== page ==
Friday, December 12, 2014

Do you think this Arts Funding Helps You?

Use the contact info below to share feedback or comment on this blog.

Dear Arts Advocate:

After delays and wrangling, Congress has reached agreement on final funding for all federal agencies and programs for the 2015 fiscal year, which started back in October. The U.S. House passed this mega bill, known as a "Cromnibus," late last night by a vote of 219-206, sending it to the U.S. Senate, where they will work through the weekend to pass it.

Included in the agreement is $146 million for the National Endowment for the Arts (NEA). This means funding would continue (for the fourth year in a row) at current levels through September 2015. This funding level matches the U.S. House committee's proposal from this summer and the President's request from the spring, but it is less than the $150 million proposed by the U.S. Senate and favored by arts advocates.

Also included is $25 million in funding for the Arts in Education program at the U.S. Department of Education, which has again survived efforts to zero out funding or consolidate all funds.

In addition to funding, Congress included several policy provisions, notably legislation that reauthorizes Brand USA, a public-private partnership that helps generate international visits to the U.S. aiding the cultural tourism sector. It is also expected in these last few hours that Congress will pass a patch to allow last-minute tax-free contributions from IRA accounts, a key item for arts institutions.

These actions conclude another turbulent and chaotic year in Congress that has seen these annual funding bills stalled with "policy riders" that were often completely unrelated to the actual funding of government agencies and programs.

A summary of the final FY 2015 appropriations is as follows:

Key Federally Funded Arts
Programs FY 2014
(in millions) FY 2015 President's Request
(in millions) FY 2015 Cromnibus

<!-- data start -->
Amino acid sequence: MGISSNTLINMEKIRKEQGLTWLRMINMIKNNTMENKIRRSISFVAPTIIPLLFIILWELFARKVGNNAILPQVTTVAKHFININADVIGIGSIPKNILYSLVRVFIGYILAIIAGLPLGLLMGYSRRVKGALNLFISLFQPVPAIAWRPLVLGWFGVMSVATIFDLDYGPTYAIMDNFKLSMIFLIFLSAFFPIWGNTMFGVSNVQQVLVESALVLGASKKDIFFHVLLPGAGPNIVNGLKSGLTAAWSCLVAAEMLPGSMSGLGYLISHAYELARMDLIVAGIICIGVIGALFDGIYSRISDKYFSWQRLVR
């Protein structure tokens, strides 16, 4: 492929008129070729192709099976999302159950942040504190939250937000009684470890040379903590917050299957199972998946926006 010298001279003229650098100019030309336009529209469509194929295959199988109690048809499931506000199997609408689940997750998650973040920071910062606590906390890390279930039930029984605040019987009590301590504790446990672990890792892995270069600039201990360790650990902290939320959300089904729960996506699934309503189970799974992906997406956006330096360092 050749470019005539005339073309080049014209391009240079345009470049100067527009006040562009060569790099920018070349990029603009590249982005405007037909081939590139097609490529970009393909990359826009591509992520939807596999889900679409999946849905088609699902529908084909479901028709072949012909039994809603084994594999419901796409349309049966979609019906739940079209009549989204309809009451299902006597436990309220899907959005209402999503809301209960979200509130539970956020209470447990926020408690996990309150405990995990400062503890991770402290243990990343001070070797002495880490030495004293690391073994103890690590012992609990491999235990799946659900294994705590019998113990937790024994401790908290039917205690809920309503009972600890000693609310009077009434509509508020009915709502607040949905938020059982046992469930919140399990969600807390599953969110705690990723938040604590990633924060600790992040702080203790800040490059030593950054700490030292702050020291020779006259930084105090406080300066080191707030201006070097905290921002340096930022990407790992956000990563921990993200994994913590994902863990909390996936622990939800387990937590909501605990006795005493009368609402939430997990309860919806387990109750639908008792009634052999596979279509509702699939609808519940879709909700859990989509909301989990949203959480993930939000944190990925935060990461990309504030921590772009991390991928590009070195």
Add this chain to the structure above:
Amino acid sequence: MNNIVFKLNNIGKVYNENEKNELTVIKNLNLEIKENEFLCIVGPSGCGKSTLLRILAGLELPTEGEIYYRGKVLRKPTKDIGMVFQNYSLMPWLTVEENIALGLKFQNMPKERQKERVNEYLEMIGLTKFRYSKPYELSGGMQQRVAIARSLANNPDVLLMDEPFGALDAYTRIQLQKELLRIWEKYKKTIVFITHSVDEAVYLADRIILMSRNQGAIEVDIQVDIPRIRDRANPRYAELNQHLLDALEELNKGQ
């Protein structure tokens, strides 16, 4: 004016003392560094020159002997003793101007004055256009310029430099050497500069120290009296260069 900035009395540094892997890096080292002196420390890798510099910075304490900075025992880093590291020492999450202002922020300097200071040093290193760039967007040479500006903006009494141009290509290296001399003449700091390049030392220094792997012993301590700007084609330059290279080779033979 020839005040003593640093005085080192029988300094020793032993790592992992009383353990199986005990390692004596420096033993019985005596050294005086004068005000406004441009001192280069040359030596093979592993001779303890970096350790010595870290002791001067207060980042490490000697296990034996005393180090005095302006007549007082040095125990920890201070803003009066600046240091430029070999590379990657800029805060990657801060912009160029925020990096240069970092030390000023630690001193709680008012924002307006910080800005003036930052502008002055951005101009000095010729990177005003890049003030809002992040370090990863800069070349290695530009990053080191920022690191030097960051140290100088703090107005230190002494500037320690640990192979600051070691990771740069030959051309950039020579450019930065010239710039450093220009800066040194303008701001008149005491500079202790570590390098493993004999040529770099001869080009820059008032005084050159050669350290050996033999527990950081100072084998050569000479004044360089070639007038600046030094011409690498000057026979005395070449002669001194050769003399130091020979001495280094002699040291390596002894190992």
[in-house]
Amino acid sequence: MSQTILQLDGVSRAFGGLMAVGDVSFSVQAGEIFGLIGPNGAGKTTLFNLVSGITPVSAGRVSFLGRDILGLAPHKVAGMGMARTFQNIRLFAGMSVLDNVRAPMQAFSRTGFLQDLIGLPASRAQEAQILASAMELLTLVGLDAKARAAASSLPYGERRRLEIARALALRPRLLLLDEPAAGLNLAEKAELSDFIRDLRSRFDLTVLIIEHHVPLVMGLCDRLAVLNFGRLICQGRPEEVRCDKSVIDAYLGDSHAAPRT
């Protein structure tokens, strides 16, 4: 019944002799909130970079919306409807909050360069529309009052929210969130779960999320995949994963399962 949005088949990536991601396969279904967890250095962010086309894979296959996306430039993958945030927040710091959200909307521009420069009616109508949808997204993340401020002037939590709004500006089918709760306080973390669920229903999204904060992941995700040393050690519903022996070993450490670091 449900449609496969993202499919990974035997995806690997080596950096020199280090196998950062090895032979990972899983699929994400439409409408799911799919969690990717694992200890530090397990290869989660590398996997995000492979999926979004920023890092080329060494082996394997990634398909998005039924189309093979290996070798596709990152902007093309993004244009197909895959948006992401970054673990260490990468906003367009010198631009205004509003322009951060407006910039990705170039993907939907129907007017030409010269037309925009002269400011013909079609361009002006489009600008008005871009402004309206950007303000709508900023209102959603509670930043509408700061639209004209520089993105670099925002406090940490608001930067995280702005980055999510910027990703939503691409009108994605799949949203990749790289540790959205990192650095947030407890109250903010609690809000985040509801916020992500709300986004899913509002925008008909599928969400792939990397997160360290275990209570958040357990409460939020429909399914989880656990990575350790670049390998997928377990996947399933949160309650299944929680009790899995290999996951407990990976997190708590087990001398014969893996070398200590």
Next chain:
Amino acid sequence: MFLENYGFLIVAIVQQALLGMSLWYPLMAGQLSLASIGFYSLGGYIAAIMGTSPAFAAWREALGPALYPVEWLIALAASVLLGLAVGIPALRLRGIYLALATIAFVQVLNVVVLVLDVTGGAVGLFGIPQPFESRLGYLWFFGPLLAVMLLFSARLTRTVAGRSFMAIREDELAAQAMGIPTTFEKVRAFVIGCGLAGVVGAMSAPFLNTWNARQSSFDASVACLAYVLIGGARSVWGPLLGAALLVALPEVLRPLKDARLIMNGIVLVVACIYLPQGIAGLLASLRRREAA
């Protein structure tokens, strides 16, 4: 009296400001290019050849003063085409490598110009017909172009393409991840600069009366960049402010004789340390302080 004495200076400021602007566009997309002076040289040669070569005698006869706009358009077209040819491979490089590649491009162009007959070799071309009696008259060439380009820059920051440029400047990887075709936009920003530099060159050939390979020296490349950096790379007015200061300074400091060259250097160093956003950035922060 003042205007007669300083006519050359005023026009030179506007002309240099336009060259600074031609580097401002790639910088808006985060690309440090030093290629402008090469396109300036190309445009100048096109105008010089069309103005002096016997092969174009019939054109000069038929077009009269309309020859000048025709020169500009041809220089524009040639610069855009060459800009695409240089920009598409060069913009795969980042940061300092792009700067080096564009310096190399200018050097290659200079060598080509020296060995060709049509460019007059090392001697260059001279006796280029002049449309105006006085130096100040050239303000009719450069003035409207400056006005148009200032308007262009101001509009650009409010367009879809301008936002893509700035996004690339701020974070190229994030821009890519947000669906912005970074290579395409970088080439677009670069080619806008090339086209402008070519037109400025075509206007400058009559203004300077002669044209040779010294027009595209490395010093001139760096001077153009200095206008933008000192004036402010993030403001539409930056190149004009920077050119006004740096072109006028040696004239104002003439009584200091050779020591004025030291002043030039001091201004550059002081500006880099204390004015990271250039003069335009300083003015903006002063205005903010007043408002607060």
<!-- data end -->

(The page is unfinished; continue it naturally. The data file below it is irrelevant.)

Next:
(in millions)
National Endowment for the Arts $146.02 $146.02 $146.02
National Endowment for the
Humanities $146.02 $146.02 $146.02
Office of Museum Services $30 $31.06 $30.1
U.S. Department of Education's
Arts in Education Program $25 $0 $25
Corporation for Public Broadcasting $445 $445 $445
Congress will now turn to work on FY 2016, while also needing to address funding problems as soon as January because of short-term spending decisions for agencies carrying out U.S. immigration law.

With all these late-breaking developments and chaotic scenes, make sure your pro-arts message is heard as the new 114th Congress takes office and begins work on the next budget. Please join us in Washington for the 28th annual Arts Advocacy Day: The National Arts Action Summit on March 23 - 24, 2015, and let your representatives know the arts are important to you and your communities! Register today!

Thank you for your support of the arts. Please help us continue this important work by becoming an official member of the Arts Action Fund. If you are not already a member, play your part by joining the Arts Action Fund today-it's free and easy to join!

Have a great holiday season!

1000 Vermont Avenue NW
6th Floor
Washington DC . 20005
T 202.371.2830
F 202.371.0424
One East 53rd Street . 2nd Floor
New York NY . 10022
T 212.223.2787
F 212.980.4857

- jennimusing - Posted using BlogPress from my iPhone

Friday, October 24, 2014

We Are the Wardens

Photo Gallery - We Are The Wardens
Artist: Katie Chasteen
Genre: Sculpture
Venue: Delurk Gallery
Media: paper, natural objects, fibers, glass, acrylic

October at Delurk there may be something that has been missed by some visitors...

That is the quiet intimacy of the sculptures presented in the rear gallery. The work of one, Katie Chasteen.

Katie is a full time member of the collective, volunteering as all the artists at Delurk do to support the daily operations of this unique art space.

A fine art photographer, Chasteen has an eye for framing moments within the larger work by piercing the forms and composing the view within.

One cannot fully experience the pieces by simply passing by them on a stroll through the space.

They need to be entered into through the marvel of the human eye; to be pondered, considered, investigated for hidden treasure revealed in one's particular and personal imagination.

The images in this post are a scratch at the surface of these "Wardens" standing their posts and housing visions and keeping secrets.

These and other works are on view and available for purchase at Delurk through November 2.

Check for gallery hours and special events.

- jennimusing - Posted using BlogPress from my iPhone

My Work is Art

Thanks for the article about artists in our community... now, about that photo...

"I make my living from from my art." Is what the sign should read...  or, "My work is Art."

To use an image that messages "Will Work for Art" implies that the basic human needs of these artists in the article do not need funds to provide for their daily needs and though I applaud the fact that this piece introduces the reader to a range of artists that may have escaped their notice, I find the use of this image misleading.